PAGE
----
Religion in Europe - Statistics and Facts

On a rudimentary level, Europe is divided along three religious lines: Protestant in the north and west, Catholic in the south and Orthodox in the east. Each of these churches is further subdivided liturgically and nationally. There are state churches in countries like England, Malta, Denmark and Iceland. In other countries, the state religion has decreased in importance since the 19th century. For example, although the Netherlands were officially a Protestant country until 1848, Catholics now form the largest group of believers, with 24 percent of the Dutch identifying as Catholic in 2015. The various Protestant churches are attended by roughly 15 percent of the Dutch.

Of Finland’s 5.5 million inhabitants, 4.1 million identified themselves as Christian. Nearly 7.6 million people in Sweden were members of Sweden's main church, the New Church. In southern Europe the Catholic church is most prominent. Only 3.2 million out of approximately 60 million Italians did not belong to the Roman Catholic church, the majority of them Protestants. In a recent survey, 30 percent of the respondents said they think being Catholic is very important for being truly Italian.

A growing number of Europeans do not practice any religion at all. In the Netherlands the number of people who did not identify with any religious denomination increased from 45 to 50 percent between 2010 and 2015, making the non-religious group larger than any of the Christian churches. In Finland, the number of people not belonging to any denomination increased from approximately 760,000 to 1.3 million over the last ten years. In Sweden the share of the population who were members of the church decreased in the same period from 77 percent to 63.2 percent. In the last ten years, between 50,000 and 85,000 people in Sweden annually cancelled their church membership. In Denmark too, membership in the national church has decreased between 2007 and 2017, from roughly 4.47 million to 4.37 million.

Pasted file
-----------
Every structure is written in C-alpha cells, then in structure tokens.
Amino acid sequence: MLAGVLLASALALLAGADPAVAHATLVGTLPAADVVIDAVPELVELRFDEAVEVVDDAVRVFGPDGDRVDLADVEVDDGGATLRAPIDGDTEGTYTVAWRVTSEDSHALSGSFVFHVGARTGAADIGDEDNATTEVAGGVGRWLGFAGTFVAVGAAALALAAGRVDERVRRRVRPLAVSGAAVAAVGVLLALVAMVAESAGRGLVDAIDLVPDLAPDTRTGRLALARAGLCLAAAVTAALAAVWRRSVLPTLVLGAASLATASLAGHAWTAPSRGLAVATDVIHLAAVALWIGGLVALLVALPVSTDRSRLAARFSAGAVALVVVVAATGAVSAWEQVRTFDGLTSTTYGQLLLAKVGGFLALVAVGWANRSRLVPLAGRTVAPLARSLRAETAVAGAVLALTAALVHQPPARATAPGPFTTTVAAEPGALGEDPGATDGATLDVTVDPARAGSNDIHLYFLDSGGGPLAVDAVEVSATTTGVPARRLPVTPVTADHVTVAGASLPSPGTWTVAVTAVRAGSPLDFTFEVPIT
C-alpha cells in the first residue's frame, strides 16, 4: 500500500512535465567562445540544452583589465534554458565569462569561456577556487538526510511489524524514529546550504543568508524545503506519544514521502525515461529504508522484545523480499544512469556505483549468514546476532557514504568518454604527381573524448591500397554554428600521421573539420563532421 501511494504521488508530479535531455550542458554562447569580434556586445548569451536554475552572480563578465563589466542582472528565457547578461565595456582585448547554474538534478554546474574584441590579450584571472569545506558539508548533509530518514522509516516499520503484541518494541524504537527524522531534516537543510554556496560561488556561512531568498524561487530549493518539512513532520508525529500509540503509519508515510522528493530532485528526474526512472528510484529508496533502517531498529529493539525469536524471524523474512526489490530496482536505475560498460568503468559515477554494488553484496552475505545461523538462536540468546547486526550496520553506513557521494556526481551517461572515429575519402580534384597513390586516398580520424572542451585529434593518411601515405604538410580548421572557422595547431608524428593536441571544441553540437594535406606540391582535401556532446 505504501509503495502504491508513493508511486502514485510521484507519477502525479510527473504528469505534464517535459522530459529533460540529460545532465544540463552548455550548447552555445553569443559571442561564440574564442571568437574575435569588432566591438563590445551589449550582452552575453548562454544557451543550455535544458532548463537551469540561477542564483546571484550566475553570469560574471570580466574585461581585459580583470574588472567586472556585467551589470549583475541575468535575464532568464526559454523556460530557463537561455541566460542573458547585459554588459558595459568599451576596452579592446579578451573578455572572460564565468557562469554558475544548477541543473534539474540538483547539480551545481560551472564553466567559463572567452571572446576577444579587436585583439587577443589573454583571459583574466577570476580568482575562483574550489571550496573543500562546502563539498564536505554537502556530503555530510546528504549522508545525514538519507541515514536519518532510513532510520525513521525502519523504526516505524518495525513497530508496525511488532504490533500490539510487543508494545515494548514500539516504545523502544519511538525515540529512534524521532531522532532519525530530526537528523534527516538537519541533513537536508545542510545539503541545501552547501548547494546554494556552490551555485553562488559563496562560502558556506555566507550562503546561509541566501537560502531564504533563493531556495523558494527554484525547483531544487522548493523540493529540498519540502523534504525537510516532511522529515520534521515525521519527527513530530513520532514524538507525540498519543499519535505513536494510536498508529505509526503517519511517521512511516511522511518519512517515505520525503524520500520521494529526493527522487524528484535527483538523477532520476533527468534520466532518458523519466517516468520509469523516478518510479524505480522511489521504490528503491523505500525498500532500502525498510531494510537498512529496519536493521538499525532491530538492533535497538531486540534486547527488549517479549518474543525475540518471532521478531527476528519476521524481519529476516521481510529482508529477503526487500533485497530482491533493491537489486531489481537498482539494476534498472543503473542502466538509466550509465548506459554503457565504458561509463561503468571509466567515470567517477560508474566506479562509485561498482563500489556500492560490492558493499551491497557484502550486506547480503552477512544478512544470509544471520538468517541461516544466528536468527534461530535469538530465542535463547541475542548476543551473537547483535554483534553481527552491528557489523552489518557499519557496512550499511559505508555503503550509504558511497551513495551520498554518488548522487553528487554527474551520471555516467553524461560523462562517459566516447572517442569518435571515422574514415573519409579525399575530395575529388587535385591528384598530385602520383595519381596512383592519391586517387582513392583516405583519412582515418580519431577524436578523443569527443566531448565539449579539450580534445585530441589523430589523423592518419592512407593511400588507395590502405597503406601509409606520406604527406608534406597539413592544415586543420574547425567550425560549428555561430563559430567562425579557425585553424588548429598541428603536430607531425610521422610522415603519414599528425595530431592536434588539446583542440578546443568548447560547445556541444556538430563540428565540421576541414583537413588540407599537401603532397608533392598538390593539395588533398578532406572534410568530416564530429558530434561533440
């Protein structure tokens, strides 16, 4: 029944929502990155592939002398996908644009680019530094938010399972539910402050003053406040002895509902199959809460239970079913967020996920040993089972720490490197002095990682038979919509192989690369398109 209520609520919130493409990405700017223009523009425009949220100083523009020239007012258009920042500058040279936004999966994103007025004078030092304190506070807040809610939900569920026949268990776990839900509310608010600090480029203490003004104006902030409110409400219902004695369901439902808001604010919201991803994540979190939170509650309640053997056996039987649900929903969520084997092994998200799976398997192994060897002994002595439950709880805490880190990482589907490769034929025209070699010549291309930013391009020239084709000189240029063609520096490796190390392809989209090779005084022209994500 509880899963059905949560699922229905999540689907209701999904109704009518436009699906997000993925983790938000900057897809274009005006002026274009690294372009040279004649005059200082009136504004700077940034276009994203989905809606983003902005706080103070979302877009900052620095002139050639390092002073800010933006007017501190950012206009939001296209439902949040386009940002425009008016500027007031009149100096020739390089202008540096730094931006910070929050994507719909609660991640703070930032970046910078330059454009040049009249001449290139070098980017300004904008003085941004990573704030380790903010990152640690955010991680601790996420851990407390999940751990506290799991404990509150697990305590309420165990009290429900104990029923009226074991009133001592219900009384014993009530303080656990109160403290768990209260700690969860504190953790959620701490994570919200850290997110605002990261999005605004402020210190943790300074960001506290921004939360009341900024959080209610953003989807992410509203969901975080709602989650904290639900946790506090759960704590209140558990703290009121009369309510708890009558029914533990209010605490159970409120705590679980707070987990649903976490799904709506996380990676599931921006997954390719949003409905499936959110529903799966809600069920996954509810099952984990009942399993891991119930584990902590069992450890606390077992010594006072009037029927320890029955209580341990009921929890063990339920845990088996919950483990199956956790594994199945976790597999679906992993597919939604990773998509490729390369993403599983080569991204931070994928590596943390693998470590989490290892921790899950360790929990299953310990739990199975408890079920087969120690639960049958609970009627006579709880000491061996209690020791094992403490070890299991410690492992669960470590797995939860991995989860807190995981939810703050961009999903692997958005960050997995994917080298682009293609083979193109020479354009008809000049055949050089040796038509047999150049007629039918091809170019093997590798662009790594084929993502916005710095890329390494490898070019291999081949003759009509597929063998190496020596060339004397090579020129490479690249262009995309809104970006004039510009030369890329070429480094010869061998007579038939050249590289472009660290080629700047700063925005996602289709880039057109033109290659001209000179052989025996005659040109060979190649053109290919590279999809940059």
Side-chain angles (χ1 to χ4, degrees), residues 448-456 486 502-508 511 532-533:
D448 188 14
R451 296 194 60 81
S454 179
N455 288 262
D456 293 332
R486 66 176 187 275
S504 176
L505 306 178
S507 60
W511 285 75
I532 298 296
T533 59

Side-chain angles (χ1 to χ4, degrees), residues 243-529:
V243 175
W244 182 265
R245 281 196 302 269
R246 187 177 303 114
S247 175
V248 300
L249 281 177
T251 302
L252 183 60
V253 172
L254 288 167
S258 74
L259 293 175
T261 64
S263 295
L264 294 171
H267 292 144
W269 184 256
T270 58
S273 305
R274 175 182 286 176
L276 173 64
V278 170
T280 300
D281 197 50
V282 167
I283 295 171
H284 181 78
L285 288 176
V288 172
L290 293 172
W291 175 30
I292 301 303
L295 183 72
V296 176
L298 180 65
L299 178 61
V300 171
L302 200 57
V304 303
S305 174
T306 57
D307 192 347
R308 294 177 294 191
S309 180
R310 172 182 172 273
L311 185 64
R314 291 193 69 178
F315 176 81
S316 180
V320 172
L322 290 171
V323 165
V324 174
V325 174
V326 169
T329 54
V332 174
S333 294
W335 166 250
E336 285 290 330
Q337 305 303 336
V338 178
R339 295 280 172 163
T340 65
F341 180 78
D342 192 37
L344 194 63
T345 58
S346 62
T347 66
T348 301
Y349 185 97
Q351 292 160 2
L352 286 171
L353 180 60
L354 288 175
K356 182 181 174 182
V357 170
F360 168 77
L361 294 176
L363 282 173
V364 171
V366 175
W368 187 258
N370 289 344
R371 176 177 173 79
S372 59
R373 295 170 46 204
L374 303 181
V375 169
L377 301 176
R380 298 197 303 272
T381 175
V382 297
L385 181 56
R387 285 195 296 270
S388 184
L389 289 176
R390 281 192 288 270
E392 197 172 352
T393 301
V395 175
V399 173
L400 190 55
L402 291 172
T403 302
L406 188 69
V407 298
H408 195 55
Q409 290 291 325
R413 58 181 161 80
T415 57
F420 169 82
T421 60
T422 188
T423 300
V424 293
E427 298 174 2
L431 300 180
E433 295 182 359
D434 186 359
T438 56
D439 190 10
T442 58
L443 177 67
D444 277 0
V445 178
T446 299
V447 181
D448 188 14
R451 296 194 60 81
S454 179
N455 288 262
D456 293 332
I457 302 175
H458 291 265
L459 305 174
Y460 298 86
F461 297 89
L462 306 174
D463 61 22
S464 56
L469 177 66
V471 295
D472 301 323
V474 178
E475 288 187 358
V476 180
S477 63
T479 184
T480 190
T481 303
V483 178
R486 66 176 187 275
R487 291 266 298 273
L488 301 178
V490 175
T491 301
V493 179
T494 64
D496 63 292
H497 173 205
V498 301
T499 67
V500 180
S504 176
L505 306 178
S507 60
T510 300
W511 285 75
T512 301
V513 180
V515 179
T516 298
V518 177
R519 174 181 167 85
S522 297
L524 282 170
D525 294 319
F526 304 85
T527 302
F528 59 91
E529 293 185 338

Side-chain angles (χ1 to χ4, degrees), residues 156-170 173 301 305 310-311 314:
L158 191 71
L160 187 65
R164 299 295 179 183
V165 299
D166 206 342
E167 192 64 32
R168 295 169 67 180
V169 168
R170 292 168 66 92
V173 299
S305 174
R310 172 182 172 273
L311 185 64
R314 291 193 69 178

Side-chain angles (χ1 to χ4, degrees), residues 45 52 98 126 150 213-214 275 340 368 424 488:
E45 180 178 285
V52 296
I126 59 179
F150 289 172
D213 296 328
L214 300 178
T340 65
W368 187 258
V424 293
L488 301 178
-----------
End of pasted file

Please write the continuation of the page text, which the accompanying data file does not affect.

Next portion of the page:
Since the 1960s, with the arrival of migrant workers, inhabitants of former colonies and refugees, the number of Muslims in Europe has increased. In 2015, approximately 13,000 Muslims lived in Finland. In Italy, foreign nationals who identified as Muslim numbered roughly 1.4 million. Approximately 425,000 of these Muslims were of Moroccan nationality, and a further 215,000 came from Albania. About five percent of the population in the Netherlands practiced Islam in 2015, most of them coming from Turkish and Moroccan backgrounds.

Alternative religions are becoming increasingly popular in Europe. In Italy, over 16,000 people were following exoteric and ancient wisdom religions in 2015. That year, 35 individuals in Finland identified themselves as involved in indigenous religions and neo-paganism. In many other countries however, numbers are not tracked and it remains unclear how many people follow a religion different from the largest world religions.

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Infographics on the topic

Religion in Europe Infographic - Easter 2018 in the UK
Where Young Europeans Aren't Religious

Infographics on the topic

Religion in Europe Infographic - Easter 2018 in the UK
Where Young Europeans Aren't Religious

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